More Christian symbols that seem to justify the war against Spain are all over this text. We have the swords, which resemble the cross, the Bishop’s weapon, and also the pretense itself. The whole reason why Charlemagne is in the right to go an invade countries like Spain is that he is bringing about Christianity and a higher law to the “pagans.” Constantly the text defends this position by showing God’s favoritism on the Frank side. We see places where God’s will is done, or when angels come and give aid, but then we see nothing but frustration on the pagan side. In addition, we see multiple exclamations of the whole “I am right and you are wrong” argument. This, I believe, is necessary to ensure us that the Franks are justified in their war. Sure Rolland is killed, and they pray in order to properly revenge him (which does not seem to coincide with the Sermon on the Mount), but there were sons and brothers and other loved ones lost on the Spanish side that we are not to give notice to (3109). In order to keep us doubtless on the good side, we are given messages like “you well know that I am in the right against the pagans” (3412) and “we are right, but these wretches are wrong” (1211).

    And last, in order to properly defend the Franks as in the right, it is necessary to dehumanize the enemy. The description of their homeland is a place “where the sun does not shine…rain does not fall,” the land is black, and it is a place where “some say that the devil lives,” presenting a dark image of what we are to believe is innately bad (980-983). The people are constantly referred to as “pagans,” yet anyone with any basic background knowledge of world religions knows that “Muhammad” and “Apollo” are never going to be found in the same sentence coming from a Muslim (2580-2590). Yet, the text throws all of these other religions into that “other” category, assuming that they are blatantly wrong, and that there is no need to separate them out. Ironically, I could not help but see that when Charlemagne says, “you can avenge yourself of this criminal race,” it sounds an awful lot like the jihad most people understand from Islam that defends violent behavior if it is at a great moral cause. Granted I am not an expert in Islam and I think our general notion of what the jihad means in our society could use some clarification, but in this case I think we are shown a striking similarity between the good and the bad sides of this story.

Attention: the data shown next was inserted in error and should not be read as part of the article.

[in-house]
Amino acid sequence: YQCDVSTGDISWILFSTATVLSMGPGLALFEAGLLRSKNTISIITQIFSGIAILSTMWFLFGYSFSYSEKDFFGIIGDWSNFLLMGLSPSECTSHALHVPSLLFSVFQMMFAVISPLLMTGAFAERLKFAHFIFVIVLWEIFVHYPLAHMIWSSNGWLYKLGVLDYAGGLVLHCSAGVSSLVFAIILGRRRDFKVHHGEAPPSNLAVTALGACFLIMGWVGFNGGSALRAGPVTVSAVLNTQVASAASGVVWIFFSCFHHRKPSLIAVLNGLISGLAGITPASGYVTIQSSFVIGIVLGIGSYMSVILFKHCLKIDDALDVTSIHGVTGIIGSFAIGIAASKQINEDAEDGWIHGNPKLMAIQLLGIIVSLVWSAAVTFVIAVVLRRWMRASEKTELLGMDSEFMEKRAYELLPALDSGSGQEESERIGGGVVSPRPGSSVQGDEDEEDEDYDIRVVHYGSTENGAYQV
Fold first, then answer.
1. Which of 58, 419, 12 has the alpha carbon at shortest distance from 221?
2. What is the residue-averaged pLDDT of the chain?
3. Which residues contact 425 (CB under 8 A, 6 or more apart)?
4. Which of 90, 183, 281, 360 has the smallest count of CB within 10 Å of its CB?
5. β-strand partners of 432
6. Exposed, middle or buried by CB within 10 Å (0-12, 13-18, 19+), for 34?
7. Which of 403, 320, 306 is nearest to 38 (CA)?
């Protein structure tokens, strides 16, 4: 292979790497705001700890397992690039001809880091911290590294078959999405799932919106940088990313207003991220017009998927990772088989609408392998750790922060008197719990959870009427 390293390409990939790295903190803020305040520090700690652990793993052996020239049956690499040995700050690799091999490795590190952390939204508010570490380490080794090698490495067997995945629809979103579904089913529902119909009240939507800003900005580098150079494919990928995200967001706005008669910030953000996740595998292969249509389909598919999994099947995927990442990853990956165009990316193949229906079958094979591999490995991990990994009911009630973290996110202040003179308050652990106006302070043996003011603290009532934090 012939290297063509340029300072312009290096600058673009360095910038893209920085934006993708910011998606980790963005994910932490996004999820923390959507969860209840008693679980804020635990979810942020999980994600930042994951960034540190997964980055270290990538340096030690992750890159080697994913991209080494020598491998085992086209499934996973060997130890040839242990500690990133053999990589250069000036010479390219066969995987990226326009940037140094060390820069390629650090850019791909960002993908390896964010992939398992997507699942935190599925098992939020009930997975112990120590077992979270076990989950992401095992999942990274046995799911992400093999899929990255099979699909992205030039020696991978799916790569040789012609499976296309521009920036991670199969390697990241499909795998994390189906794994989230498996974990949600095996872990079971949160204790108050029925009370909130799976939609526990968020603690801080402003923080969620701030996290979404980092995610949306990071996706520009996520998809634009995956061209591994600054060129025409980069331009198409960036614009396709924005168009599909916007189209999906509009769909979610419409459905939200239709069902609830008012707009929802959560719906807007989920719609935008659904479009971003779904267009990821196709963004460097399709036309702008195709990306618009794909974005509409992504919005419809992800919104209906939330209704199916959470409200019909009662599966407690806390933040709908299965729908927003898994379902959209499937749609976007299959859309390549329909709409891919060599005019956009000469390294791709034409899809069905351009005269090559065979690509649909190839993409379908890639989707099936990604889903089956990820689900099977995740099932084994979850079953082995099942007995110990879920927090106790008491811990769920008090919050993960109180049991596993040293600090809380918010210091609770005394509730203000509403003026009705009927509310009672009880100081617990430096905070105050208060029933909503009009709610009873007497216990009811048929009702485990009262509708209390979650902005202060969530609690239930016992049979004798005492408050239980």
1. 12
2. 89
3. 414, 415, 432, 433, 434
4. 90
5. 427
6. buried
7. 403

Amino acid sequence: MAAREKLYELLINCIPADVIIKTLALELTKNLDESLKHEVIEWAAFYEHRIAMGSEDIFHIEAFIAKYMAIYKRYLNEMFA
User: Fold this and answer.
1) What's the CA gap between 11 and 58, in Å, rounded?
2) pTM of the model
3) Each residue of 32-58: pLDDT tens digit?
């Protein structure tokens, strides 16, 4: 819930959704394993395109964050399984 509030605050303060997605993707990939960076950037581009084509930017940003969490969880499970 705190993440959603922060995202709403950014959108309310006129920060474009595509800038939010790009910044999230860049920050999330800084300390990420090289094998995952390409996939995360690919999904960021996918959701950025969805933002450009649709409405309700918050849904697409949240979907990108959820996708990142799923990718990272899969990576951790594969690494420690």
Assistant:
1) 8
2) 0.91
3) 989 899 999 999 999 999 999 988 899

Of course, all of these justifications come to nothing when at the end of the story Charlemagne is called to battle against some other pagans, though having “no wish to go” (3999-4002). Yet he will ride off again in defense of yet another war, and the cycle will start all over again. This exposes the fallacy in Ganelon’s argument to King Marsile, that if you engage in this war “you will have no more war as long as you live” (595). Based on this text, I am left to believe that war is not a means to bring about peace.

  10. E. E. says:

    The Song of Roland is the most unintentionally hilarious epic I have ever read. I kept trying to imagine how its original audience would have received it--possibly the way we respond to testosterone-driven action movies today. The main difference, aside from the medium, seems to be that in modern action movies, directors have to vary the way people are killed, or the audience gets bored. In Roland, people are usually stabbed through the chest or split in half (entirely or partially) from the crown of the head downward. The latter form of death happens so much that it's even depicted on the front cover. I don't know much about medieval warfare, but I'm relatively sure that few swordsmen, no matter how well trained, could easily split someone in that direction in the middle of a battle. And that isn't the only thing that didn't make sense. Also, the author seems to have repeatedly lost track of details (Olifant is being blown? wait, I thought Roland laid the broken pieces underneath him...). Then there is the massive misunderstanding of Islam--the author seems to have been under the impression that Muslims worship three gods, one of whom is Muhammed, and employ sorcerers. Maybe the epic reads better in French. In English, I spent of lot of time giggling.